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# Electric Versus Natural Gas

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100% of the energy consumed by the fan ends up as heat in the air.
Superinsulated Passive solar house, Buderus in floor backup heat by Mark Eatherton, 3KW grid-tied PV system, various solar thermal experiments

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Electric Versus Natural Gas

Hi: I am attempting to compare the cost of hot air natural gas with hot air electric resistance heat.

My last gas bill indicates that one therm cost \$1.007, including "delivery charge", taxes, etc.
My last electric bill indicates one kilowatt hour cost\$.07635.

A conversion book shows a therm equals 100,000 BTU.
One kilowatt hour equals 3409.5 BTU or 29.33 Kilowatt hours equal 100,000 BTU.

A little multiplication shows that the cost for 100,000 BTU of electric heat would be \$2.24 or more than double the natural gas cost.

Is the conversion to BTU a realistic method to compare costs?

If not, what method can a person use?

Thanks A Lot,
Ron
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You do have to factor in the comparative efficiency of the fuel (electric resistance is 100%, natural gas furnace generally between 80% - 90%) but given those rates, gas will prove a significantly less expensive fuel.

In the vast majority of cases, electricity resistance is the most expensive way to heat.

Depending on your climate however an electric heat pump be less expensive at those rates--it will all depend on how much "backup" electric resistance is required.

Don't forget that energy markets are highly volatile at present and it's hard to tell what's going to happen. If history holds true, natural gas will prove to be less expensive over time. If utility companies have their way, rates for ALL fuels will be in near parity on a btu and weather basis as adjusted for "typical" efficiency.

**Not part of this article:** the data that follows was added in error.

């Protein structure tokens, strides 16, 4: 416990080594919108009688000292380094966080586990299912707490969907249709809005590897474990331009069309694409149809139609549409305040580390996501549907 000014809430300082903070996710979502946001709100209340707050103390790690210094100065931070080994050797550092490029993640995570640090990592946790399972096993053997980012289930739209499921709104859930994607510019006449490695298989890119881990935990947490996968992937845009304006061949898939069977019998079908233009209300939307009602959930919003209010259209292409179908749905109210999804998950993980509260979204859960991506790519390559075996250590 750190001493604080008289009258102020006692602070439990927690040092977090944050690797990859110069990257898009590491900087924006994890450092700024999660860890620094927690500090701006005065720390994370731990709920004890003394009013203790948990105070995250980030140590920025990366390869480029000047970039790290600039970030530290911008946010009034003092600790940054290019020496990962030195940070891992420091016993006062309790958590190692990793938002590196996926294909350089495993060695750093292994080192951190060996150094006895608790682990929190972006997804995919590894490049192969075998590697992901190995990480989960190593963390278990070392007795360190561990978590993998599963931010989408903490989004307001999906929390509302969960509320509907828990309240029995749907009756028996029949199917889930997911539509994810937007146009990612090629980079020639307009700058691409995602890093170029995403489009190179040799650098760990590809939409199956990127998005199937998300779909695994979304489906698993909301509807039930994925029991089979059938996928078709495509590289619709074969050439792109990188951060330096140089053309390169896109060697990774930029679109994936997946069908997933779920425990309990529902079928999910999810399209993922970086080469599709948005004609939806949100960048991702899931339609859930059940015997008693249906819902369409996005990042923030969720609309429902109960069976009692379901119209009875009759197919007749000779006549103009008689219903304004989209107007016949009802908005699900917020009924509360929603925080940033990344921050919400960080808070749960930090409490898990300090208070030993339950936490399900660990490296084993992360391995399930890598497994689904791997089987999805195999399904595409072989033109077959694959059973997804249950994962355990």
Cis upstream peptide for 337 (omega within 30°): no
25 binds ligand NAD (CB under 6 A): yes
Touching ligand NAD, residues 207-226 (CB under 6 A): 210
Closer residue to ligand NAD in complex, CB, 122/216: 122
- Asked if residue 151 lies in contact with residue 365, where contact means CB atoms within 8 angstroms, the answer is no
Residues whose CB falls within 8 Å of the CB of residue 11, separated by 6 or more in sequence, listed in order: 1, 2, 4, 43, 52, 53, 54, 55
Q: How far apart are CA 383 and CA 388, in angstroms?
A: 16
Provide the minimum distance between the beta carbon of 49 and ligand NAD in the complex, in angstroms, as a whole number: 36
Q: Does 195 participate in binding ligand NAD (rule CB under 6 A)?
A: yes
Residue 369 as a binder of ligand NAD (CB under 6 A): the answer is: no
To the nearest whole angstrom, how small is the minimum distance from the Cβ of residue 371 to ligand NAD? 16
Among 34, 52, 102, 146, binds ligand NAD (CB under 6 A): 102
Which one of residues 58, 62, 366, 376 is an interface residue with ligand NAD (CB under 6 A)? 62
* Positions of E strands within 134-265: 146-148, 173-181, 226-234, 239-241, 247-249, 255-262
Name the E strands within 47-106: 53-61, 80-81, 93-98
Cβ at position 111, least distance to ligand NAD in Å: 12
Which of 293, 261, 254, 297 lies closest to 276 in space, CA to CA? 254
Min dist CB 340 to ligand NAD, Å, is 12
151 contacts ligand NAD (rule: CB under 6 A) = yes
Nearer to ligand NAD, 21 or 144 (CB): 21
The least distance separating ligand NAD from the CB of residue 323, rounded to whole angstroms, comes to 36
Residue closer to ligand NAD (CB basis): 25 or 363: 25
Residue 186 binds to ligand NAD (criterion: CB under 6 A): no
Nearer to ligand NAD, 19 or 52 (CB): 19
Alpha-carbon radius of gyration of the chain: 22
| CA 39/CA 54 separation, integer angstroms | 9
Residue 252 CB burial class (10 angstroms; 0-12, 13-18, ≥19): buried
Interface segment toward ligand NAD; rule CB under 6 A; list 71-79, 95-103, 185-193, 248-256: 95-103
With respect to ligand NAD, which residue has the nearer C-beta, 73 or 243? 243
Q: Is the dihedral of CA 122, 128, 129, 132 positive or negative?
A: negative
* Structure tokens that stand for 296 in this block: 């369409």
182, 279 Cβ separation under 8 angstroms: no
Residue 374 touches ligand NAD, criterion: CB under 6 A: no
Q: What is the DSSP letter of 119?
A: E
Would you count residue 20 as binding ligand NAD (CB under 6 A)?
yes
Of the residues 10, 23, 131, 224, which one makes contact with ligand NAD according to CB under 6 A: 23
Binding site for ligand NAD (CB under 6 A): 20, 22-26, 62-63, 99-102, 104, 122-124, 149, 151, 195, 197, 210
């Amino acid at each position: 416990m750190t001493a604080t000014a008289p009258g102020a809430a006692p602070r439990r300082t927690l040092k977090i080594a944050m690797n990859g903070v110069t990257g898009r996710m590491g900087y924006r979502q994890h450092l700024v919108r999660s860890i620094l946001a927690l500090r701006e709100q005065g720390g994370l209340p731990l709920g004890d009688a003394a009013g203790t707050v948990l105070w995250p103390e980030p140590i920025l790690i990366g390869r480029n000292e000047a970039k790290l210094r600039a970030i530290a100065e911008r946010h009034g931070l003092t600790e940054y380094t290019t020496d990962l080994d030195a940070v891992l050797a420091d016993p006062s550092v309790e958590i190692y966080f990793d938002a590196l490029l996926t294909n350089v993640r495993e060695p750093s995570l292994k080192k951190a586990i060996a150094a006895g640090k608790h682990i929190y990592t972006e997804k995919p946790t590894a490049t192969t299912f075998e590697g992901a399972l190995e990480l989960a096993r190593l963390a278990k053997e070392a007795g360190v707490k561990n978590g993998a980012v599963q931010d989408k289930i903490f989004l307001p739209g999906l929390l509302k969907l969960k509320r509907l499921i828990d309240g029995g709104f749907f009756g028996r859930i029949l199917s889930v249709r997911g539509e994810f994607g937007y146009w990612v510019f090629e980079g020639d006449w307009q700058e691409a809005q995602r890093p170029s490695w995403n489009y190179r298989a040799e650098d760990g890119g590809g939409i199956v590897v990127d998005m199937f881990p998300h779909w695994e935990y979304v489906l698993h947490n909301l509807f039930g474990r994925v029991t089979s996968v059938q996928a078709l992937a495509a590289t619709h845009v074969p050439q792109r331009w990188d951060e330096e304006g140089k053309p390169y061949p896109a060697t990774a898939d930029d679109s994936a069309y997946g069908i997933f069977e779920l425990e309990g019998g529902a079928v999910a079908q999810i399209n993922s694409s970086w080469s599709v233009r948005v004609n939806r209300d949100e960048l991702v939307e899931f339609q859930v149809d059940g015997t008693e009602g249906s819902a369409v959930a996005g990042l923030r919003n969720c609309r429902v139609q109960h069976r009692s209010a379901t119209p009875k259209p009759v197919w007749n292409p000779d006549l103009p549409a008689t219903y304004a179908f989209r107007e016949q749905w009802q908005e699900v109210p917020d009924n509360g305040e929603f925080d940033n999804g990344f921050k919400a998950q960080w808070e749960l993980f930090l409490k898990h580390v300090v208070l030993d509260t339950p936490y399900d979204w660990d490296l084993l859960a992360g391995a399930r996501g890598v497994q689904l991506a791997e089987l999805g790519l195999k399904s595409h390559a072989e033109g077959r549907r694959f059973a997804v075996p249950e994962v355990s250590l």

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A couple of factors missing...

Ron:

Actually, electric can make sense in some situations.

You are missing two factors. The natural gas furnace does not operate at 100% efficiency. More likely it is operating at somewhere between 50% and 80% (even 95% efficient boilers do not really operate there - those are peak available efficiencies if everything works out all of the time).

So what you need to do is take your therms and devide it by the real furnace or boiler efficiency (and not the nameplate efficiency).

So your \$1/per therm gas might easily be \$1.50 to \$2.00 per heat in the house therm.

Electric is almost always 99% efficient - so it is easy to consider it at 100%.

So, depending on what your local long term nutural gas, elctric rates, and your actual average furnace efficiency (not nameplate efficiency) - electric might be cheaper than natural gas in some areas of the US.

The other factor you need to look at is installation and maintenance cost. Electric baseboard and electric hot water is cheap to install and needs almost no maintenance. Also, tends to be cheap to replace. This could be huge savings up front - and long term on a new system.

However, there are restrictions in many places about installing significant electric heating.

In many places in the US natural gas is the more economical choice just on fuel const. But not everwhere.

Also, If all I needed was a small system, electric may make sense based only on the difference in installation and maintenance cost.

Personally, if I had one of the really small houses in town (we have some 500 sq ft houses) - or a really well insulated new one... I'd probably just go electric.

Hope that helps,

Perry
Homeowner
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newer ground source heat pumps with efficiencies of 400-500% compared to electric resistance?
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A good choice for many applications

Ground source heat pumps would be a good choice for many applications - especially new construction.

Still, there are places where it becomes very costly - if not impossible to install.

In my case, I wanted to retrofit my house to ground source heat pumps.... but could not find anyone producing a standard unit that would produce 140 F water that my existing cast iron baseboard needs when it gets cold out. Most companies stop at 120 F - and they don't even want to go there if they can avoid it. I was told that a more reasonable maximum was 100 F.

The other thing to be aware of is undersized and/or shallow fields... that suck to much heat out of the ground over a few years than nature can recover. Adequately sized heat source fields cost \$\$\$\$\$; and it is unfortunate - but true that some contractors cut their bid by reducing field size or debth...